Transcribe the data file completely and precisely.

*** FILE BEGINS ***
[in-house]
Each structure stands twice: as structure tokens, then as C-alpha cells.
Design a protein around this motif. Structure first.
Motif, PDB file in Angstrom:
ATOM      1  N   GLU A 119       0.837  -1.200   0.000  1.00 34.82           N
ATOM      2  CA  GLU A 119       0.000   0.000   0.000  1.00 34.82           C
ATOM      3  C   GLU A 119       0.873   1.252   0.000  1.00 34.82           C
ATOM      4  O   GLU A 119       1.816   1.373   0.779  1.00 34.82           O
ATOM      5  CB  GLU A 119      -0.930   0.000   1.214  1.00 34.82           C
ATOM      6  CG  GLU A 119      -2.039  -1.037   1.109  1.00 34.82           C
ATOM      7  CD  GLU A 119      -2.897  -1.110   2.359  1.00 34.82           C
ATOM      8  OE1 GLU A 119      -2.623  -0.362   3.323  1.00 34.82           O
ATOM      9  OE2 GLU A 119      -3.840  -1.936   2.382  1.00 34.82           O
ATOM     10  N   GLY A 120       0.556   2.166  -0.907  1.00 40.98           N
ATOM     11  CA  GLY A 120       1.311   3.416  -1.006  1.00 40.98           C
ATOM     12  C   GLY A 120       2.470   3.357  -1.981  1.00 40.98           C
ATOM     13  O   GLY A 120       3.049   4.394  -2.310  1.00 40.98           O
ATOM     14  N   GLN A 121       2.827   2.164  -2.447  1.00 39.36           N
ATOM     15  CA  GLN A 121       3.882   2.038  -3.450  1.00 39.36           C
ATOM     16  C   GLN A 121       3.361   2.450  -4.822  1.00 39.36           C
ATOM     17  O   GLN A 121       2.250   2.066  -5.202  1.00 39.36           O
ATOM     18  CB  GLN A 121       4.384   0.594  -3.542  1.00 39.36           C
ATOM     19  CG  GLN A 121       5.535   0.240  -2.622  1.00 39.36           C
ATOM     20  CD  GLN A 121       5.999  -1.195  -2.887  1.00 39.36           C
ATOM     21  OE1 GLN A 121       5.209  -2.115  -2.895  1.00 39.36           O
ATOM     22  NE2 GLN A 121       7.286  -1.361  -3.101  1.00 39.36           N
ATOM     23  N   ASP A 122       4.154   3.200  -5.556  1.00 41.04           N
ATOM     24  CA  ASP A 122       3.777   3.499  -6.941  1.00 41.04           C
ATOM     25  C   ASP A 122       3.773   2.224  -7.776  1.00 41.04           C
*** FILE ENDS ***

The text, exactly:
[in-house]
Each structure stands twice: as structure tokens, then as C-alpha cells.
Design a protein around this motif. Structure first.
Motif, PDB file in Angstrom:
ATOM      1  N   GLU A 119       0.837  -1.200   0.000  1.00 34.82           N
ATOM      2  CA  GLU A 119       0.000   0.000   0.000  1.00 34.82           C
ATOM      3  C   GLU A 119       0.873   1.252   0.000  1.00 34.82           C
ATOM      4  O   GLU A 119       1.816   1.373   0.779  1.00 34.82           O
ATOM      5  CB  GLU A 119      -0.930   0.000   1.214  1.00 34.82           C
ATOM      6  CG  GLU A 119      -2.039  -1.037   1.109  1.00 34.82           C
ATOM      7  CD  GLU A 119      -2.897  -1.110   2.359  1.00 34.82           C
ATOM      8  OE1 GLU A 119      -2.623  -0.362   3.323  1.00 34.82           O
ATOM      9  OE2 GLU A 119      -3.840  -1.936   2.382  1.00 34.82           O
ATOM     10  N   GLY A 120       0.556   2.166  -0.907  1.00 40.98           N
ATOM     11  CA  GLY A 120       1.311   3.416  -1.006  1.00 40.98           C
ATOM     12  C   GLY A 120       2.470   3.357  -1.981  1.00 40.98           C
ATOM     13  O   GLY A 120       3.049   4.394  -2.310  1.00 40.98           O
ATOM     14  N   GLN A 121       2.827   2.164  -2.447  1.00 39.36           N
ATOM     15  CA  GLN A 121       3.882   2.038  -3.450  1.00 39.36           C
ATOM     16  C   GLN A 121       3.361   2.450  -4.822  1.00 39.36           C
ATOM     17  O   GLN A 121       2.250   2.066  -5.202  1.00 39.36           O
ATOM     18  CB  GLN A 121       4.384   0.594  -3.542  1.00 39.36           C
ATOM     19  CG  GLN A 121       5.535   0.240  -2.622  1.00 39.36           C
ATOM     20  CD  GLN A 121       5.999  -1.195  -2.887  1.00 39.36           C
ATOM     21  OE1 GLN A 121       5.209  -2.115  -2.895  1.00 39.36           O
ATOM     22  NE2 GLN A 121       7.286  -1.361  -3.101  1.00 39.36           N
ATOM     23  N   ASP A 122       4.154   3.200  -5.556  1.00 41.04           N
ATOM     24  CA  ASP A 122       3.777   3.499  -6.941  1.00 41.04           C
ATOM     25  C   ASP A 122       3.773   2.224  -7.776  1.00 41.04           C